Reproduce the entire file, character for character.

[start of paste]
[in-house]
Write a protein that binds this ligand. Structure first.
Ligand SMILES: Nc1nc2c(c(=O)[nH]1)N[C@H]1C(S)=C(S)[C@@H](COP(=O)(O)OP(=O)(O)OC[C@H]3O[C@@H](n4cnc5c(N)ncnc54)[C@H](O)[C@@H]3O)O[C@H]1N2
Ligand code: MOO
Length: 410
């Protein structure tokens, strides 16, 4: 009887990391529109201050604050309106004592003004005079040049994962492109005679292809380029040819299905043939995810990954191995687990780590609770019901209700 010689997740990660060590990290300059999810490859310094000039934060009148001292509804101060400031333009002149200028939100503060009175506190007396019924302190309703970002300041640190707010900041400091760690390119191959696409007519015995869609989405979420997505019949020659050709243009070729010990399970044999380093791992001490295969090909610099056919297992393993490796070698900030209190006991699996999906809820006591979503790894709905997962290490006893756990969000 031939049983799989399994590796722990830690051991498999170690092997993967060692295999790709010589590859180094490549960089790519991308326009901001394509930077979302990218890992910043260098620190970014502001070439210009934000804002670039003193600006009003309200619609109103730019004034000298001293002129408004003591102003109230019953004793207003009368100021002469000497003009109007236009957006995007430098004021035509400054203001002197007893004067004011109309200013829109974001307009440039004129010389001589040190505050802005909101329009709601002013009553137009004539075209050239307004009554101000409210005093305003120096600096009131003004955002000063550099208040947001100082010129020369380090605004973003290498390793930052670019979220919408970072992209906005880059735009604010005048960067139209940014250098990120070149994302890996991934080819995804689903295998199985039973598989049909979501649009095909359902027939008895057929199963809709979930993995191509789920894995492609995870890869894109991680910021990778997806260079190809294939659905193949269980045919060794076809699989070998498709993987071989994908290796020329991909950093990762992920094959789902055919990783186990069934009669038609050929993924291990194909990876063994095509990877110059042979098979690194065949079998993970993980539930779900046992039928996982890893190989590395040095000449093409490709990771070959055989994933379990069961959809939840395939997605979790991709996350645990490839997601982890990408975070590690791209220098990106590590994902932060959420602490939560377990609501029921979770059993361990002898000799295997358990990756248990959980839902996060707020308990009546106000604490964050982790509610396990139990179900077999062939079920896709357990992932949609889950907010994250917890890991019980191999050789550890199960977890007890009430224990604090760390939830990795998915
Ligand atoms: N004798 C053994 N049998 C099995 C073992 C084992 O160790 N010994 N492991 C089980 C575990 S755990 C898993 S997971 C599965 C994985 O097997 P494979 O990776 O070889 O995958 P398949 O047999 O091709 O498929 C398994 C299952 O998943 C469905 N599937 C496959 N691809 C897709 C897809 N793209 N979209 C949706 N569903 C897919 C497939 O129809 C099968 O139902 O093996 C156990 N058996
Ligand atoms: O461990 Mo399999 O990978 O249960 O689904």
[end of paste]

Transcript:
[in-house]
Write a protein that binds this ligand. Structure first.
Ligand SMILES: Nc1nc2c(c(=O)[nH]1)N[C@H]1C(S)=C(S)[C@@H](COP(=O)(O)OP(=O)(O)OC[C@H]3O[C@@H](n4cnc5c(N)ncnc54)[C@H](O)[C@@H]3O)O[C@H]1N2
Ligand code: MOO
Length: 410
């Protein structure tokens, strides 16, 4: 009887990391529109201050604050309106004592003004005079040049994962492109005679292809380029040819299905043939995810990954191995687990780590609770019901209700 010689997740990660060590990290300059999810490859310094000039934060009148001292509804101060400031333009002149200028939100503060009175506190007396019924302190309703970002300041640190707010900041400091760690390119191959696409007519015995869609989405979420997505019949020659050709243009070729010990399970044999380093791992001490295969090909610099056919297992393993490796070698900030209190006991699996999906809820006591979503790894709905997962290490006893756990969000 031939049983799989399994590796722990830690051991498999170690092997993967060692295999790709010589590859180094490549960089790519991308326009901001394509930077979302990218890992910043260098620190970014502001070439210009934000804002670039003193600006009003309200619609109103730019004034000298001293002129408004003591102003109230019953004793207003009368100021002469000497003009109007236009957006995007430098004021035509400054203001002197007893004067004011109309200013829109974001307009440039004129010389001589040190505050802005909101329009709601002013009553137009004539075209050239307004009554101000409210005093305003120096600096009131003004955002000063550099208040947001100082010129020369380090605004973003290498390793930052670019979220919408970072992209906005880059735009604010005048960067139209940014250098990120070149994302890996991934080819995804689903295998199985039973598989049909979501649009095909359902027939008895057929199963809709979930993995191509789920894995492609995870890869894109991680910021990778997806260079190809294939659905193949269980045919060794076809699989070998498709993987071989994908290796020329991909950093990762992920094959789902055919990783186990069934009669038609050929993924291990194909990876063994095509990877110059042979098979690194065949079998993970993980539930779900046992039928996982890893190989590395040095000449093409490709990771070959055989994933379990069961959809939840395939997605979790991709996350645990490839997601982890990408975070590690791209220098990106590590994902932060959420602490939560377990609501029921979770059993361990002898000799295997358990990756248990959980839902996060707020308990009546106000604490964050982790509610396990139990179900077999062939079920896709357990992932949609889950907010994250917890890991019980191999050789550890199960977890007890009430224990604090760390939830990795998915
Ligand atoms: N004798 C053994 N049998 C099995 C073992 C084992 O160790 N010994 N492991 C089980 C575990 S755990 C898993 S997971 C599965 C994985 O097997 P494979 O990776 O070889 O995958 P398949 O047999 O091709 O498929 C398994 C299952 O998943 C469905 N599937 C496959 N691809 C897709 C897809 N793209 N979209 C949706 N569903 C897919 C497939 O129809 C099968 O139902 O093996 C156990 N058996
Ligand atoms: O461990 Mo399999 O990978 O249960 O689904």